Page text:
Design Marketplace Minted Draws Up $208M Series E, Tripling Its Total VC Raised To Date

One shouldn’t get into the arts for the money, but even starving artists need to get fed. The good news is that there are zillions of ways to capitalize on creativity, now that everything can be a canvas.

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Today, Minted, an online marketplace for home goods, art, and stationery designed by independent creators, announced it’s raised $208 million in Series E financing. The growth-stage deal was co-led by German PE firm Permira and T. Rowe Price Associates. The company and its investors did not disclose financial terms of the transaction.

This is, by far, the company’s biggest round raised to date. From seed through Series D, the company raised over $89.1 million in prior funding, according to Crunchbase Data. Including this Series E round, the company has raised roughly $300 million to date. In other words, in this one deal alone, Minted hauled in more than twice the sum of its prior rounds, tripling its total capital raised.

In a statement, Permira partner and co-head of technology investments Brian Ruder called Minted “a market leader,” in the creative goods space. He cited Minted’s brand, analytics capabilities, and community of contributors as its main pillars. A representative for the company did not provide specific details about the business, saying only that Minted is currently profitable.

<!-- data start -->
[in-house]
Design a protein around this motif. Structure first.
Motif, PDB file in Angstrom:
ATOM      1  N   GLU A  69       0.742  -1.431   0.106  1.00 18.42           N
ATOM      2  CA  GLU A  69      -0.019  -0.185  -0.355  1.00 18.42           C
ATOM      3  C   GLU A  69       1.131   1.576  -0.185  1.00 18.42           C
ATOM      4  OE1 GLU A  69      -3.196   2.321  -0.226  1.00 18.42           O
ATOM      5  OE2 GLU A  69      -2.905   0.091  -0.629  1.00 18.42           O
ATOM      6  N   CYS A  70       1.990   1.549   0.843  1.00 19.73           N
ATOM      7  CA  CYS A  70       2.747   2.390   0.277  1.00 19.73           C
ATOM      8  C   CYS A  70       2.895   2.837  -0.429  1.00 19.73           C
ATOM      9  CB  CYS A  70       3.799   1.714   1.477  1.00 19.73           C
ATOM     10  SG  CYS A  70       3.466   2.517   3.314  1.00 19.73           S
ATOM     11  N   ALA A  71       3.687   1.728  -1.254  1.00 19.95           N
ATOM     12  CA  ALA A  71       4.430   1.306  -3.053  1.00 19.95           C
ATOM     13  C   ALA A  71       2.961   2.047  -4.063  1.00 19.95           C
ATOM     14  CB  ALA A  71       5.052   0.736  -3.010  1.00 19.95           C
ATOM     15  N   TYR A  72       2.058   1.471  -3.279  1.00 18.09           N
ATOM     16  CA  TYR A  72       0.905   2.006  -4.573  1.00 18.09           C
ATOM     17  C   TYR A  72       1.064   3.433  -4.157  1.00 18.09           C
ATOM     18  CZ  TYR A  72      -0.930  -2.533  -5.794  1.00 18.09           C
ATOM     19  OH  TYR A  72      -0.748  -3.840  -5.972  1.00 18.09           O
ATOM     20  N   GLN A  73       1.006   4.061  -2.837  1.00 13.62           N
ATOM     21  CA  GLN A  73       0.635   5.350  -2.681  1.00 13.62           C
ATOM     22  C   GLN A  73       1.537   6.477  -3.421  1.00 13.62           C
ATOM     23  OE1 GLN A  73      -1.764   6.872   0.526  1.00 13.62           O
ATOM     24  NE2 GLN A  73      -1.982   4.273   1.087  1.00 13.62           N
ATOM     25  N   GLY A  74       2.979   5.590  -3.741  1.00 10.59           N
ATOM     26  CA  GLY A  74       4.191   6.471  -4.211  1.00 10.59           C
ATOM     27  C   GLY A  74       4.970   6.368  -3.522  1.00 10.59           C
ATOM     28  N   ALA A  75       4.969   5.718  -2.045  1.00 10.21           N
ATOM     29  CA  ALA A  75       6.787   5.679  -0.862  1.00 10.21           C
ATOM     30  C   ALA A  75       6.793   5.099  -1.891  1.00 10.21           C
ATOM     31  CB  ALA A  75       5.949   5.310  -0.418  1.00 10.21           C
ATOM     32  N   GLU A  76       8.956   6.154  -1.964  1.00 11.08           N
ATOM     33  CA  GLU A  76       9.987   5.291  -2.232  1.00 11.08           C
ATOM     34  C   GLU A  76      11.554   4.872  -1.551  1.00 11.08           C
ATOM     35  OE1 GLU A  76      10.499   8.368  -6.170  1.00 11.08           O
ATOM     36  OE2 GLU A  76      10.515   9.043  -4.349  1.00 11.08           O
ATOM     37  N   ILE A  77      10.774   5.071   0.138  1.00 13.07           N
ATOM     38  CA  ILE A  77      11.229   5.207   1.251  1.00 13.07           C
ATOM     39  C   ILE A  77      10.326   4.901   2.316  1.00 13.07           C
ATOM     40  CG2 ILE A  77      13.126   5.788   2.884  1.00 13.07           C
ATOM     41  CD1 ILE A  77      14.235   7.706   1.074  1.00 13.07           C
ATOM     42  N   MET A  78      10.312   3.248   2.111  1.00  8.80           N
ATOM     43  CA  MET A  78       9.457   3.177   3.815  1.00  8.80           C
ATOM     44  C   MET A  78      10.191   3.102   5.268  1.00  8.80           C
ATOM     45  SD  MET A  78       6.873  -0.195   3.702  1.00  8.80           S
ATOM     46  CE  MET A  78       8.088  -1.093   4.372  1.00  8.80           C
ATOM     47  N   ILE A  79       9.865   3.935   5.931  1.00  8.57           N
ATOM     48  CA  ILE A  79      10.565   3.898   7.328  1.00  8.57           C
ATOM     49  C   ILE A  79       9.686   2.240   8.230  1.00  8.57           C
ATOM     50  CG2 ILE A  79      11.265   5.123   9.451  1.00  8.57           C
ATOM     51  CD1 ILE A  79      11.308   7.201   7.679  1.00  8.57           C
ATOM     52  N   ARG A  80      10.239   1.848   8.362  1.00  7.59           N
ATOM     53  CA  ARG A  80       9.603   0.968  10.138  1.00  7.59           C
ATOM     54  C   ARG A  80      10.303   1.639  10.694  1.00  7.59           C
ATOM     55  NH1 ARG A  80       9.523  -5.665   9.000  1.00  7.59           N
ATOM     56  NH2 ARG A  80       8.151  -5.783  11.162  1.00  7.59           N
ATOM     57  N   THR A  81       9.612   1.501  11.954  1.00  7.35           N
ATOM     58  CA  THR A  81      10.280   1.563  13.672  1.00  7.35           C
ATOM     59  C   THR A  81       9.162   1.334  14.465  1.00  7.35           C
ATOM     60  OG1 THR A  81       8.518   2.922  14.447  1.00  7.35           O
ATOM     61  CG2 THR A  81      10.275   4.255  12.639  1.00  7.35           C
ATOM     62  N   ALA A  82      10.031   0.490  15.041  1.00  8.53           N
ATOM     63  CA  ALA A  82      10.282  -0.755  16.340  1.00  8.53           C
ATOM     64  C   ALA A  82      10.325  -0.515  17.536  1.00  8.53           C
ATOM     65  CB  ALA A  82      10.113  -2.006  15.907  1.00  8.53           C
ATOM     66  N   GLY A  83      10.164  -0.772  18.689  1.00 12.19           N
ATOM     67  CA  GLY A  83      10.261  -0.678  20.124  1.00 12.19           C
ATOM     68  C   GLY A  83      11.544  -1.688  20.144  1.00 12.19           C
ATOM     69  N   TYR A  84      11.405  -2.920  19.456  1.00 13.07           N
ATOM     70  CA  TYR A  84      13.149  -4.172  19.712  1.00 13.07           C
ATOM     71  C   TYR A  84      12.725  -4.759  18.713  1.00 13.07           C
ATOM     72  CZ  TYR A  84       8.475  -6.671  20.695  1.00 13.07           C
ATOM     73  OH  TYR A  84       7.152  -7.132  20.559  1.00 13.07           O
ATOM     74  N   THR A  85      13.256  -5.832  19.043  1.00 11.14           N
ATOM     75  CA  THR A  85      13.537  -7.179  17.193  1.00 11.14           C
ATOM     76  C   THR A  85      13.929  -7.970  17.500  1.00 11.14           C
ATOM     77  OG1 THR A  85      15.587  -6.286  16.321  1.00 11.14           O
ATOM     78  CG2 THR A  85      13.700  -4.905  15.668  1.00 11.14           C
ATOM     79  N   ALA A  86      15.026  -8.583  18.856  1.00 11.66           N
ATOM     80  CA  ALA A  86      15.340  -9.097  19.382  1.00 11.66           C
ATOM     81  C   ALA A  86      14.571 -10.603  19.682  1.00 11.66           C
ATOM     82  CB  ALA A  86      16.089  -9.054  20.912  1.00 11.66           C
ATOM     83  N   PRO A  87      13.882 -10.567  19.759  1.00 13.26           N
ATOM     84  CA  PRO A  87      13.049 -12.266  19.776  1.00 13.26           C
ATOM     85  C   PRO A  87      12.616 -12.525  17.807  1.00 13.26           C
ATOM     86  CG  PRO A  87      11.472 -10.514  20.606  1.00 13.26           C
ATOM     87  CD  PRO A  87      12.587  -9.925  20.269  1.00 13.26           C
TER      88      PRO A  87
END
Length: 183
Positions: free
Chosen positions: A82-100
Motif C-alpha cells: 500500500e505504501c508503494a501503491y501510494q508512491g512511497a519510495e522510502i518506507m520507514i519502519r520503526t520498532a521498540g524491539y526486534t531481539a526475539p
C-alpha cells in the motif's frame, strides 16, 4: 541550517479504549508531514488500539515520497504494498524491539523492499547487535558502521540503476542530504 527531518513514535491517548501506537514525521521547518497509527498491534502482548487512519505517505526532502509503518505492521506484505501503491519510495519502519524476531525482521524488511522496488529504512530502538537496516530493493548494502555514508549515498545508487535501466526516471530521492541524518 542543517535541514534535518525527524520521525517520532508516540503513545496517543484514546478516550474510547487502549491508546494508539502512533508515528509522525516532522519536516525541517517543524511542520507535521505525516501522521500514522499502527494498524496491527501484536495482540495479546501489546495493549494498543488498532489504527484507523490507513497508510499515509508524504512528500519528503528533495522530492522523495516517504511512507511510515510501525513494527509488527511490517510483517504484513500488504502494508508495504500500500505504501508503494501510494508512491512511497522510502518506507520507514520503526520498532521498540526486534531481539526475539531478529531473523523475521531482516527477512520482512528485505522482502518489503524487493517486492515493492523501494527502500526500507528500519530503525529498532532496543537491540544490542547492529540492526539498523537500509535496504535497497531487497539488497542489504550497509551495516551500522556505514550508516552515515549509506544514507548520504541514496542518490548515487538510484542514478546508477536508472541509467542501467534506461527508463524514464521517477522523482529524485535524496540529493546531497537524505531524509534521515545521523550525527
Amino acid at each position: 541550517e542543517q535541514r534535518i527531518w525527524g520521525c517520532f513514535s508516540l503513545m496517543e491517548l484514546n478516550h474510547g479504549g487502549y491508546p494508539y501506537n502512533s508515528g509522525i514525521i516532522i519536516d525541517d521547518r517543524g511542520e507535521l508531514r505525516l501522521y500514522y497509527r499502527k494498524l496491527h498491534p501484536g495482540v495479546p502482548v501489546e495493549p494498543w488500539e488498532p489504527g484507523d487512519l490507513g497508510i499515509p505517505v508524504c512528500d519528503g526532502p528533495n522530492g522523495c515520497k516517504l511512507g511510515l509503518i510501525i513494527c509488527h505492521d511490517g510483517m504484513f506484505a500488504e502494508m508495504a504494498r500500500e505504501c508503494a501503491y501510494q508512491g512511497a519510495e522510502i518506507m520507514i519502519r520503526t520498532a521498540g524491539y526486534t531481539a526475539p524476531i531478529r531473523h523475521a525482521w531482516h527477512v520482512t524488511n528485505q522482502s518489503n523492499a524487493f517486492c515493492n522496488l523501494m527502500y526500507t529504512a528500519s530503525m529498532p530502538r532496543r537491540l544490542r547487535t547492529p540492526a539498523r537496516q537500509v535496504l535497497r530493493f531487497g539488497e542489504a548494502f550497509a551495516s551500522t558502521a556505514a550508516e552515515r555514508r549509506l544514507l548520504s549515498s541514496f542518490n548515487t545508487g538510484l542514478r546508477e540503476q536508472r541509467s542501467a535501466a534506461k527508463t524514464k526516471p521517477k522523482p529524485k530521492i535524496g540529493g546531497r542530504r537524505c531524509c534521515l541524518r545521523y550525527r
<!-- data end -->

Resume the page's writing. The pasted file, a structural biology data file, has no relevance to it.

Minted intends to use this fresh capital to expand into new market segments. The company will begin “leveraging its archives of thousands of unique designs” through its design licensing and wholesale businesses, according to its funding announcement. Minted has partnered with retailers like West Elm and Pottery Barn Kids, which sell art and other merchandise adorned with designs from Minted’s portfolio.

Henry Ellenbogen, the fund manager representing T. Rowe Price on this deal, said in a statement that “Minted is successfully both selling directly to consumers and supplying other retailers. It has the ability to build a much larger company.”

Minted has come a long way since its inception over a decade ago. In August 2007, Mariam Naficy started, a website selling high-end stationery from big brands and indie designers alike.

Minted isn’t Naficy’s first e-commerce rodeo; in the heady days of the late-90s tech bubble, she co-founded online cosmetics company Eve.com1. She led that company for over two years and sold it for $100 million in 2000, just as the walls of the previous tech bubble came crashing in.

Later, once Minted got up and running, it became clear that stationery from independent designers was selling better than the big-brand stuff. Minted subsequently developed a system for crowd-sourcing designs from the general public, and built its business around that creative marketplace model. No longer only an internet card shop, Minted expanded beyond stationery, into wall art, decor, and household goods, providing multiple media for its community of contributors to create with.

“To be an independent creative today is tough,” said Naficy, who is still CEO of the company more than a decade on, in a statement. “Few artists are lucky enough to be able to do it on their own, and the rest have to rely on a system that isn’t transparent or meritocratic, and by nature edits their work,” she continued.

From her perspective, this round is not just a milestone for Minted, but one for market-driven meritocracy as well. “Getting design in its purest form from creator to consumer […] ultimately produces the best business results.”

Illustration: Li-Anne Dias

  1. The domain is now owned by the makers of Eve Online, a video game.

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